Kuta, Bali, Indonesia
When we called Bali the Cancun of Australia, we had no idea how right we were.
Because, like Mexico, people do come to Bali to drink cheap beer on the beach, party and buy cheap souvenirs so Bali caters to that. And they even have a good sense of humor about it:
But that’s not all this island is. Because Bali, like Mexico, is far more fascinating when you’re paying attention to the details.
Bali may put up a commercial face that caters to the western tourist.
A new garden,
A group of people worshiping
The house cat taking a nap in front of the “family temple” (because they have those…)
Or people building floats for their annual parade to scare the demons away
We quickly got the impression there is a lot more going on here than cheap beer and nasi goreng.
(not that those things are bad, Bali has amazing food and their beers, simply put, floored us with the quality for price but still…)
Probably the best example of this is what appears to be at first glance road litter. All over the roads in Kuta we came across these packets apparently discarded with no rhyme or reason.
The packets often contained food, and so animals were attracted to them. Overall it seemed a strange street litter that made very little sense. Why would the Balinese people intentionally throw garbage in the streets?
Eventually we asked and found these were not garbage, they were offerings to the gods. Every day the Balinese either created or bought these “offerings” and laid them out for their gods. Especially in front of their temples. At a basic level the idea is similar to tithing – to give some of the blessings one receives back.
Some of them get quite decorative and it was obvious a lot of effort had gone into their creation. So why did they let them get run over by a car or destroyed by an animal or eaten by a sacred temple monkey or cleaned up by a street sweeper?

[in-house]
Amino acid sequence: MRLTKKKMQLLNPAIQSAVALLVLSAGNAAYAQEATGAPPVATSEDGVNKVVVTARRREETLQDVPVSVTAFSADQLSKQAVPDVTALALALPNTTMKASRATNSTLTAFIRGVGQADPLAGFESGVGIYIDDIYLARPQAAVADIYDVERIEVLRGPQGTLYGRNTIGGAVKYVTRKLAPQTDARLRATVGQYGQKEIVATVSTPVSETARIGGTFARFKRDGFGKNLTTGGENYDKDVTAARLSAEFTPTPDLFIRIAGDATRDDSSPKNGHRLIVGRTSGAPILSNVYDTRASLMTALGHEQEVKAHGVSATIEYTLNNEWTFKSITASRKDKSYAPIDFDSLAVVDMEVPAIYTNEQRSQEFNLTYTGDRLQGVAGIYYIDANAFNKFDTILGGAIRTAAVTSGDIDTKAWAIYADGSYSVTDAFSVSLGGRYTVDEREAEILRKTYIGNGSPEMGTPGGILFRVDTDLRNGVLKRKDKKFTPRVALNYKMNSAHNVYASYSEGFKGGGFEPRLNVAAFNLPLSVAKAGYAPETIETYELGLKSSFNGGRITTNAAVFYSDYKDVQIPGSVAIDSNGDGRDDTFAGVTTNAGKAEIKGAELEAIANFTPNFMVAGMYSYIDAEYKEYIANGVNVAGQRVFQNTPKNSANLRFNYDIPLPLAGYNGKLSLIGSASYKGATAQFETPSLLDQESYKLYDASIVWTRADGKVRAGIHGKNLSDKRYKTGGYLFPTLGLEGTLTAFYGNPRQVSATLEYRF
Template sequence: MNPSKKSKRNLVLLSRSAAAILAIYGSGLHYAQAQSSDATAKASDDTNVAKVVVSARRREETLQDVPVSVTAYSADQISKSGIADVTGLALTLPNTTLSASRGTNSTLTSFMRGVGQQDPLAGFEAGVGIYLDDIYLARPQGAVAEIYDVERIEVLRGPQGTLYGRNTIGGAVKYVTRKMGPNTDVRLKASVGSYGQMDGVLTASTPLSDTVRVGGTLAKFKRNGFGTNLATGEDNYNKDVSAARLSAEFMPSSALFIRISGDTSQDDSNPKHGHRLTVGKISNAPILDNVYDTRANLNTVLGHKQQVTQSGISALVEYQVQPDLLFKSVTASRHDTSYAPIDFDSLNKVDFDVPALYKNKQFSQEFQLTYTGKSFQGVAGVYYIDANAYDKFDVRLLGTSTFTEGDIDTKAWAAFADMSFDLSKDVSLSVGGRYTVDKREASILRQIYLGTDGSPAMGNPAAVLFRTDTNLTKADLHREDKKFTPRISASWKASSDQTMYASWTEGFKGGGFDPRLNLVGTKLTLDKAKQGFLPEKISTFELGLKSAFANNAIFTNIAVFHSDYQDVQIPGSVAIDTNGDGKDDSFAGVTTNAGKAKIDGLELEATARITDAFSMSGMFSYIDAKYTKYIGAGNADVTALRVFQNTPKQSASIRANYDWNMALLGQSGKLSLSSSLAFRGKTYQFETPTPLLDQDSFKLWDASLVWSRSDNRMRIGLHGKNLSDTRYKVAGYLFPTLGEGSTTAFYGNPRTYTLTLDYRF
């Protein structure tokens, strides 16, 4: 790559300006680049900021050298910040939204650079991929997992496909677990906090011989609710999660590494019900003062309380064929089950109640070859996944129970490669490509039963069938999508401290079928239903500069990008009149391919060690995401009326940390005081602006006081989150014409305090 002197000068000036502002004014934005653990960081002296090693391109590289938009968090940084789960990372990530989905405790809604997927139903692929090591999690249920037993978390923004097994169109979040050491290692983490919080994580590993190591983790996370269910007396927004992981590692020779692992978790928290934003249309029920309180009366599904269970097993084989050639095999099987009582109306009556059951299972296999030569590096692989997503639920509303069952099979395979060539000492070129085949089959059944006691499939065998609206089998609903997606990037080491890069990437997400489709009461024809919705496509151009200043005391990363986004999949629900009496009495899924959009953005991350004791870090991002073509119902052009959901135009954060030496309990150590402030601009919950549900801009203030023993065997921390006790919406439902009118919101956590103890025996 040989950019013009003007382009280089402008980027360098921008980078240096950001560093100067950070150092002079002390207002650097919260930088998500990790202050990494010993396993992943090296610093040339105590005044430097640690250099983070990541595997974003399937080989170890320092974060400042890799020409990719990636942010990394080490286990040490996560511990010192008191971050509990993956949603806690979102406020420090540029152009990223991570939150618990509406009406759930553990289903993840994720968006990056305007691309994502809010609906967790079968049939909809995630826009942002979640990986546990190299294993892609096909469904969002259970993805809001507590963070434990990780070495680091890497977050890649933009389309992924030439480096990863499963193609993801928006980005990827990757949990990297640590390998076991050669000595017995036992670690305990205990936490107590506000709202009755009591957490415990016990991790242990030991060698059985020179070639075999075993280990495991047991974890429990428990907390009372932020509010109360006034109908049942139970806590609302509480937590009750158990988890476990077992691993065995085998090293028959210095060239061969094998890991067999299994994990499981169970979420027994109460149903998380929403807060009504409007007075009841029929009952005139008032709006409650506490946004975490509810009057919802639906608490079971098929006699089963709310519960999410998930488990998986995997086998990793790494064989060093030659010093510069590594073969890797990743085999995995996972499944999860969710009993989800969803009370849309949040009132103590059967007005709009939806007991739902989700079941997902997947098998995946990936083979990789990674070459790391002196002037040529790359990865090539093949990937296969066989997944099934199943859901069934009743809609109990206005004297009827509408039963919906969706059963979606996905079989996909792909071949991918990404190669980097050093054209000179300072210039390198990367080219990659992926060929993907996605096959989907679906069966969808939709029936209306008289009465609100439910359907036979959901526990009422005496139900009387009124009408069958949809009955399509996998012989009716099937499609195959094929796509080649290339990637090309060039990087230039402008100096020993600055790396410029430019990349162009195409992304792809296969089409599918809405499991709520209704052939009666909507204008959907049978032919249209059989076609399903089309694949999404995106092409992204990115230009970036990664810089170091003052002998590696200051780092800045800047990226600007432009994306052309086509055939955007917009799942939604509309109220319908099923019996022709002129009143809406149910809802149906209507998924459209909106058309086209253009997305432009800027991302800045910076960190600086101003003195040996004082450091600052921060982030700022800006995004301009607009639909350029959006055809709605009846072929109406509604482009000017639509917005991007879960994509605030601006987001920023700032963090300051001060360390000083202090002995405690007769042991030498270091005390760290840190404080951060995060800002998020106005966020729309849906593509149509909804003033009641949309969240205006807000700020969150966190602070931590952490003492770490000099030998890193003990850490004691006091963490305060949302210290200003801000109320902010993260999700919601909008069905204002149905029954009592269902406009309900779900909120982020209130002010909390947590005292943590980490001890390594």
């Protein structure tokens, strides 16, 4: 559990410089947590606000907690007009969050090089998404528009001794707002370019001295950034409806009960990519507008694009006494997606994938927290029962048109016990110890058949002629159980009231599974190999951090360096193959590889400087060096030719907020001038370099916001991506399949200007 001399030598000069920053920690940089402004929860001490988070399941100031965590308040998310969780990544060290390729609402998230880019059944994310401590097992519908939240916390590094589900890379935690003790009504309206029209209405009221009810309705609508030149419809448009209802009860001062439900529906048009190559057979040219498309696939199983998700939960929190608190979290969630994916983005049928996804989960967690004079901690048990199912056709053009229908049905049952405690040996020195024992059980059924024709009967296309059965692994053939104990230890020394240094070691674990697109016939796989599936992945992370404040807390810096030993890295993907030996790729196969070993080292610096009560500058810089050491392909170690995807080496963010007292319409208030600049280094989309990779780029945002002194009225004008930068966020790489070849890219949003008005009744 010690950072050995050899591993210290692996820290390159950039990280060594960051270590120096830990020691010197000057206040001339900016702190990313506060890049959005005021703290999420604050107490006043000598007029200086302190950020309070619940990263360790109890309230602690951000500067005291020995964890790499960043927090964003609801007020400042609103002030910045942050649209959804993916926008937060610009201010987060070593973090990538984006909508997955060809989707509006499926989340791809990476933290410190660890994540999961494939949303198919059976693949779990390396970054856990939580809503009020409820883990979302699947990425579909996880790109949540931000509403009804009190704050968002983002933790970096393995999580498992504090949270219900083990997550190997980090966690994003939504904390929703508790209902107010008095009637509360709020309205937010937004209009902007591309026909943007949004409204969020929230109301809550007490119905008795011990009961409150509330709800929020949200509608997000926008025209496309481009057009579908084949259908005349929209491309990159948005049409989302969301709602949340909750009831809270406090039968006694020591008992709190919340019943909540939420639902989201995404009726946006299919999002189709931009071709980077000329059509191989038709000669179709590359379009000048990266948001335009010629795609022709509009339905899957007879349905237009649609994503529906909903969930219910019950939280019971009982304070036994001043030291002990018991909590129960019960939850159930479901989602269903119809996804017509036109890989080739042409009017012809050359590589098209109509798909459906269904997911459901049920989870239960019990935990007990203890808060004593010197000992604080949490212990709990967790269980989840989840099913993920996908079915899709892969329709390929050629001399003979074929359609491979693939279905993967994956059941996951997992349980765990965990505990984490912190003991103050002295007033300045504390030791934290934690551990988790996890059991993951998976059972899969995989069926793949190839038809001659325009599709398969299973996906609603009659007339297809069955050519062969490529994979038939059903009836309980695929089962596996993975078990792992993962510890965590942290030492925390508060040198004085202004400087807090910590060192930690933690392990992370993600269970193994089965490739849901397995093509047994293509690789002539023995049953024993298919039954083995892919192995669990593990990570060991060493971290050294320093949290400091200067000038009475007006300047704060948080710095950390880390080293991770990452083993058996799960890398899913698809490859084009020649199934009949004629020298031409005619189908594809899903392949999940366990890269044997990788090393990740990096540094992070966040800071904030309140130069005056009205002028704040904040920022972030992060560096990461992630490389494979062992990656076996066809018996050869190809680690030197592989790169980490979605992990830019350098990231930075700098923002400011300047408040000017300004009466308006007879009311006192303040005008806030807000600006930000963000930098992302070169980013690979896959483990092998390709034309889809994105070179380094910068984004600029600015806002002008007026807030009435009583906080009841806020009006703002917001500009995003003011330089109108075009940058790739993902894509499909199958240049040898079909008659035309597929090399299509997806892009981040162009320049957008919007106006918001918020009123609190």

Well, if that’s what happened then that’s what the gods wanted done with their offering and who are the mortals to argue? It’s not the preservation of the gift that matters, in fact most if not all of the offerings are quickly destroyed. The importance is in the giving. In the sacrifice.
Now we could have stopped there having learned a tidbit about the people of Indonesia but there is even more to learn from this because we were informed that it is very likely that we will not see this offering tradition practiced on the main Indonesian island of Java. Because though the island of Java, along with the majority of the Indonesian islands were at one time Hindu, the country is now predominantly of the Muslim faith.
Except for the Island of Bali, which is, despite being a fairly significant part of the most populous Muslim nation on earth, overwhelmingly Hindu.
Like we said, lots of interesting details.
Where the Island of Bali retained their faith, the people of Tahiti took the faith of the European colonists and branded it with their own unique style. As Christians ourselves, we’d say we’re better off for it because there’s quite a bit to be learned from Polynesian Christianity.
Greg and Tiffany are traveling around the world on sailing yachts and keep a video blog of their (mis)adventures. If sailing to Tahiti on a 44 ft sailboat, 3-day delays for wine tastings, getting pooped on by seagulls, opening coconuts with dull machetes, sailing past tornadoes and ukulele Christmas carols are for you, then check them out atwww.CoastGuardCouple.com!